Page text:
Engineering Ethics

How do you properly teach ethics in engineering (or for that matter any other discipline) in class? In my experience it gets lumped in with some more report-focused class taught as a few mandatory lectures. It's important, but I'm not sure it's always conveyed very well.
Students have seen the same Tacoma Narrows bridge, Challenger explosion, Columbia burnout over and over again. I suspect the Apollo 1 fire was featured more prominently in engineering ethics courses not so many years ago, but now it fades into old news. And the students in these classes are no longer old enough to remember the Challenger. They were probably in middle school or high school when the Columbia tried to re-enter earth's atmosphere. Two years after 9-11, and 17 years after Challenger, I can't help but think this didn't have the same impact that previous disasters did.
And college students are notoriously unresponsible immature assholes. I don't like the ethics lectures because when we watch a video on the Columbia taking off and it fades away I hear a few "boom"s from the lecture hall. When somebody comes on to talk about it they snicker at his 1980s mustache. This is a cartoon for them. They're not taking the loss of life any more seriously than they're capable of taking anything else. Sure, maybe some of it is a nervous humor, an attempt to not have to take it seriously. Because that might be too real. But these are America's future engineers.
I think my age both in Challenger having a greater impact on the lives of those around me as well as being past the point of making jokes in lecture is what separates me from the vocal minority in these cases. But I try to think about the lecturer and what I would do in his case to try to get through to these students. Mandatory ethics lectures are irritating to many people, myself included. We all have places we'd rather be and other responsibilities in our life. But a brief discussion and a thirty minute video doesn't seem to be reaching these people. I feel like only in remembering these tragedies and especially remembering the pain and terrible loss of life can we hope to do better in the future.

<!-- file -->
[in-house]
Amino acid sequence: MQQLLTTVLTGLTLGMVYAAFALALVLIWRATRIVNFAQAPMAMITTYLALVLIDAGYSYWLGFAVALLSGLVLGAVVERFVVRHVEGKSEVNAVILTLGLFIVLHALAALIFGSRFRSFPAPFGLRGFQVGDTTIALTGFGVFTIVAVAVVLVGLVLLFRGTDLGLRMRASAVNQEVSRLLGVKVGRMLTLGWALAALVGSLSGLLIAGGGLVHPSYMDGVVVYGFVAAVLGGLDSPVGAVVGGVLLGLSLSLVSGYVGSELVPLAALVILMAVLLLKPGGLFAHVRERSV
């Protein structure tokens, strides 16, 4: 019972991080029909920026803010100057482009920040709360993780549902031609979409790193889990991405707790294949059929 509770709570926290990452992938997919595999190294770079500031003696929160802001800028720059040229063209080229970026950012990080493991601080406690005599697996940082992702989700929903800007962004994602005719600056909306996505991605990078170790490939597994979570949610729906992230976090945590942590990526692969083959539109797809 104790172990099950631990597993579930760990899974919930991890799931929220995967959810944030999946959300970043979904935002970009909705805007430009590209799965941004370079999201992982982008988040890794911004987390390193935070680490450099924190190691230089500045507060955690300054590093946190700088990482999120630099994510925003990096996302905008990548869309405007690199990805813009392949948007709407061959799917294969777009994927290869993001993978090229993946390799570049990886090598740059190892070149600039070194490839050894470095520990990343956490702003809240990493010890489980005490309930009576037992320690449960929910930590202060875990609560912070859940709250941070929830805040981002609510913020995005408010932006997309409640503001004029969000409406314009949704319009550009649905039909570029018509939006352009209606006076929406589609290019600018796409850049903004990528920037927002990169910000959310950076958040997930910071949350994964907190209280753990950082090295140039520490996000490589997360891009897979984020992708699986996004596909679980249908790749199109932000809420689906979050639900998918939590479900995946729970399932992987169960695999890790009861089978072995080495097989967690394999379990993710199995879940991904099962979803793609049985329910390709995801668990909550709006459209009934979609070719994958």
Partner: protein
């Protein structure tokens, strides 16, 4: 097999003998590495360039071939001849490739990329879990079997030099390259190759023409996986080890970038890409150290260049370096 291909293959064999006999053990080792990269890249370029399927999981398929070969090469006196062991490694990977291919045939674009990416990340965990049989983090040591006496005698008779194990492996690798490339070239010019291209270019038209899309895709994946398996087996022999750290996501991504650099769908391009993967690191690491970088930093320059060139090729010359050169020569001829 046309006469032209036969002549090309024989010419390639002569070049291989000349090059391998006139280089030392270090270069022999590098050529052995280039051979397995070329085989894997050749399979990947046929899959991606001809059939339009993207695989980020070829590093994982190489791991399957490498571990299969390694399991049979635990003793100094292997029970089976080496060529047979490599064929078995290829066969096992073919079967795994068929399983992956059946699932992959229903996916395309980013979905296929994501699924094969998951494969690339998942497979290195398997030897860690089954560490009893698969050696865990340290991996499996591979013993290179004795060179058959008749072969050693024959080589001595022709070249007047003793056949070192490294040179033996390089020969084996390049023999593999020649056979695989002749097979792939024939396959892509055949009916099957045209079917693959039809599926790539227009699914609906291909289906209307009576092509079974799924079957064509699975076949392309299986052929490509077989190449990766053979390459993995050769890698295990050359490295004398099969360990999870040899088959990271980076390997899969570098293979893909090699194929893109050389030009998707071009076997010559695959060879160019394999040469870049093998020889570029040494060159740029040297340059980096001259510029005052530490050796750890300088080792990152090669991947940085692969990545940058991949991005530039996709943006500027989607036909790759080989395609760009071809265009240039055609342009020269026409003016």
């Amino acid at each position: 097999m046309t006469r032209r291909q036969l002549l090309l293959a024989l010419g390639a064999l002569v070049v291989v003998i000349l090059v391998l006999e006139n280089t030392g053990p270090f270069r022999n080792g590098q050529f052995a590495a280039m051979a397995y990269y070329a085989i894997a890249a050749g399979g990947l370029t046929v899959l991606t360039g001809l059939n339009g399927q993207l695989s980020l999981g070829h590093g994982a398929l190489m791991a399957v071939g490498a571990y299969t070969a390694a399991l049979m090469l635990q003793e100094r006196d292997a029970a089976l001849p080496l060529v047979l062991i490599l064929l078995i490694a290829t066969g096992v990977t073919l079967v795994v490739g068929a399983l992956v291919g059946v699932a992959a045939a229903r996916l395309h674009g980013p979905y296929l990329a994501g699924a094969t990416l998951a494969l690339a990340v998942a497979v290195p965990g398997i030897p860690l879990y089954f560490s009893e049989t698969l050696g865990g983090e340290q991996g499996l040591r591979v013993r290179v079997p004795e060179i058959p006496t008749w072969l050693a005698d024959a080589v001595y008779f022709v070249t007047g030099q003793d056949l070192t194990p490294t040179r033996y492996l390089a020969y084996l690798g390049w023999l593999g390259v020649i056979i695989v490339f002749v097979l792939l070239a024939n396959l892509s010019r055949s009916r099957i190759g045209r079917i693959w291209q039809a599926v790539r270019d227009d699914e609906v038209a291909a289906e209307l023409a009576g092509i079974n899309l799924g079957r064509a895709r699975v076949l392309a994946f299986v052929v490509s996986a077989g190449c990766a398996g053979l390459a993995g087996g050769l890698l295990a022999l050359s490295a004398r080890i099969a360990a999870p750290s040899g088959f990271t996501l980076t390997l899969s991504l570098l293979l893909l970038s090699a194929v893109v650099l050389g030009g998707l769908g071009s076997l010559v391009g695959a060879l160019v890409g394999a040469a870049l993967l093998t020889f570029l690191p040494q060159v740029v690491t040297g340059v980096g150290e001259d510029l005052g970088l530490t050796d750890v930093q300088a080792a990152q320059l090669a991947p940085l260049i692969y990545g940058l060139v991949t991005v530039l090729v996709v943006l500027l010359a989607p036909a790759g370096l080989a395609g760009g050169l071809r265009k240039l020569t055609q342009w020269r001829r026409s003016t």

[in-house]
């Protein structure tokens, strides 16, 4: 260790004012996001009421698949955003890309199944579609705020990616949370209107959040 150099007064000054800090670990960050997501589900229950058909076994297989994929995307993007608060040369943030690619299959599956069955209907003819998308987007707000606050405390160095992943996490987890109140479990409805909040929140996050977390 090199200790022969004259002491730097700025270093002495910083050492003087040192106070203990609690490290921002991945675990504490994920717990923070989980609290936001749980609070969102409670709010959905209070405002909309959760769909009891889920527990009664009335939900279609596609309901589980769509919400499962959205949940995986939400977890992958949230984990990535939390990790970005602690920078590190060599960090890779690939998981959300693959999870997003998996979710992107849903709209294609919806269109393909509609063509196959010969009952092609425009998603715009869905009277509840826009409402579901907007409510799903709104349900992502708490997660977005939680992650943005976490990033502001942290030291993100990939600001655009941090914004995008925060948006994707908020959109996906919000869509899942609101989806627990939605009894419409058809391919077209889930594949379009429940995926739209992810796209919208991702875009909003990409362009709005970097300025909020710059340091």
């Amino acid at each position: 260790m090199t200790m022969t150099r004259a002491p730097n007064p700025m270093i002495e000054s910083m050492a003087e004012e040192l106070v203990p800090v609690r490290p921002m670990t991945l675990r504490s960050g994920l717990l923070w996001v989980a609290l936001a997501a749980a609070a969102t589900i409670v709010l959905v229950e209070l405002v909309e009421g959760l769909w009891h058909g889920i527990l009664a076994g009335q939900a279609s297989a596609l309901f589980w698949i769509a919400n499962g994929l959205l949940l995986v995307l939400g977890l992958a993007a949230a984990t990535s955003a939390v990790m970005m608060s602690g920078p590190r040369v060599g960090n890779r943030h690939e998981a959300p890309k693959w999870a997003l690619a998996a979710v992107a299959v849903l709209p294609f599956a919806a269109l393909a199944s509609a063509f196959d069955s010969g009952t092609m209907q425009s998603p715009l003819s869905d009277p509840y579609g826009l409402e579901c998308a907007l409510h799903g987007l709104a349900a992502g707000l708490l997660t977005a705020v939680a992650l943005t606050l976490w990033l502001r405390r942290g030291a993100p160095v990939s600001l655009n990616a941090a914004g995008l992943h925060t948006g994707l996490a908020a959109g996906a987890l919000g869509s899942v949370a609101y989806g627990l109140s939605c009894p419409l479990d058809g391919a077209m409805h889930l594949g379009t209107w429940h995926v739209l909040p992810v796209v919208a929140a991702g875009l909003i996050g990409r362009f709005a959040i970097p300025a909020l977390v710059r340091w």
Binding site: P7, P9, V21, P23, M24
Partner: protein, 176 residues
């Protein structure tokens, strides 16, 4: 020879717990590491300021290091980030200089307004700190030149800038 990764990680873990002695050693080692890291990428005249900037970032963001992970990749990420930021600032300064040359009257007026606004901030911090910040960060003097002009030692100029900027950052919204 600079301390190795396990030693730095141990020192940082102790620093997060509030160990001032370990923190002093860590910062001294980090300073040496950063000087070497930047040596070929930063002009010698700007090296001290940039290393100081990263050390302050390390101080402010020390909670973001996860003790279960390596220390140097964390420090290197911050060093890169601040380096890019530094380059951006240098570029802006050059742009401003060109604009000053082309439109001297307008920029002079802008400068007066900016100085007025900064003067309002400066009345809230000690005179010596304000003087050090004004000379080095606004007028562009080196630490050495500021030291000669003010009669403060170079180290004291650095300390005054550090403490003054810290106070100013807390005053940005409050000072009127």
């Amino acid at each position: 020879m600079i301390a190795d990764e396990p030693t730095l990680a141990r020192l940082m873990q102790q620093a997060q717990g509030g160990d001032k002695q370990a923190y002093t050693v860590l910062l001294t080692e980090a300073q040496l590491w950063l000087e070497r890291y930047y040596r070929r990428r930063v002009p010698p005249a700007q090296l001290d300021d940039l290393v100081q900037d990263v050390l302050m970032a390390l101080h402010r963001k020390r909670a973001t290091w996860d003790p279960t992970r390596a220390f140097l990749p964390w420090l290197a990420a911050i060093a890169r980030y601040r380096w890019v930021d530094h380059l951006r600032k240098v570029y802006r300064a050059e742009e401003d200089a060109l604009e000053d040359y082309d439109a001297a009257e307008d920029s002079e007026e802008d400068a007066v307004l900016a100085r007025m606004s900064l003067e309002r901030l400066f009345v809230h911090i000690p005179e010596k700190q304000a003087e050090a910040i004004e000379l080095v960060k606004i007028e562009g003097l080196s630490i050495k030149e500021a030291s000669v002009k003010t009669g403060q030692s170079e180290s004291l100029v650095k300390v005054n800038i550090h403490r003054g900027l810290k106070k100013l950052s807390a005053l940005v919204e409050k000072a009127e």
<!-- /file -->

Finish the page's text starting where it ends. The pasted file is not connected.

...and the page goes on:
1. The biggest problem with ethics that I've seen is what is considered ethical by some is not ethical by others.

    For instance, I have helped an advisor review CV's for potential PhD/Postdoc candidates. When reviewing the CV's, I don't consider sex or age because I feel that is unethical and discriminating. However, my advisor did consider those things because there are differences in pay and vacation, for instance, for older students than younger students. To me, that's completely unethical but to him it's a monetary issue.

    I think if we can't agree on something like that, dealing with ethical questions like the situation surrounding Challenger with 100's of engineers, budgets, Congress, politics, etc., is waaay to much to deal with, particularly at an Ugrad level.

    Besides, what is personally ethical for you is not necessarily ethical for the company (and vice versa). The only way to tackle this (IMHO) is to have the people/students analyze the situation from both sides (or all sides for multi-faceted) of the problem. By having them analyze and explain both sides will get them to at least think critically about the issue.

  2. I guess it is sad that not every engineering undergrad is taking as much pride in the discipline. Just ask them why did they choose engineering and they probably won't think of improving people's life.